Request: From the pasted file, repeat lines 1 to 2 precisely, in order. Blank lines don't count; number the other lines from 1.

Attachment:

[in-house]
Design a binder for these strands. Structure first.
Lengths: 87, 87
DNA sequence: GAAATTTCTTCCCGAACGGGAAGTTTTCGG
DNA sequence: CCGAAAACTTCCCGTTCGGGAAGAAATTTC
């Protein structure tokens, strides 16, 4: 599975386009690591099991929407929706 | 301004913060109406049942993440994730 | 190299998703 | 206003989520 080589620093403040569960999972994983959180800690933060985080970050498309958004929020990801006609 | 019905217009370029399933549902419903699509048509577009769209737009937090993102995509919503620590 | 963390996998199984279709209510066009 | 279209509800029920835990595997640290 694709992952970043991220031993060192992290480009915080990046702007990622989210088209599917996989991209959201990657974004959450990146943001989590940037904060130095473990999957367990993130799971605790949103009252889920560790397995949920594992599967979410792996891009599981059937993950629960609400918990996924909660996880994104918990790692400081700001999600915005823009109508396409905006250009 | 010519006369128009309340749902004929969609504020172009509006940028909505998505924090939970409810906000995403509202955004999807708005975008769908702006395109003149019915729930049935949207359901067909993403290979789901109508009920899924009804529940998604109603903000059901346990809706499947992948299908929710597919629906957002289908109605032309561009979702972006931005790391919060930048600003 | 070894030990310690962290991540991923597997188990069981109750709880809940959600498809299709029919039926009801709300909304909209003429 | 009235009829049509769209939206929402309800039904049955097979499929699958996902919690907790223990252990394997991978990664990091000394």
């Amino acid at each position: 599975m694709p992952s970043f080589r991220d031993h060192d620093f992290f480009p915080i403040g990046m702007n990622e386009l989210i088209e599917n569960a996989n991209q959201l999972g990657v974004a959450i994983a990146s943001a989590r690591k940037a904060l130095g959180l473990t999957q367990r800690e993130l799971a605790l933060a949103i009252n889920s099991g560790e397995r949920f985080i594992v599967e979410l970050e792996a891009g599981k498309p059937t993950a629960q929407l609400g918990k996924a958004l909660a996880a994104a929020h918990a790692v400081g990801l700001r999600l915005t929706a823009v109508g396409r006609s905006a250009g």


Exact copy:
[in-house]
Design a binder for these strands. Structure first.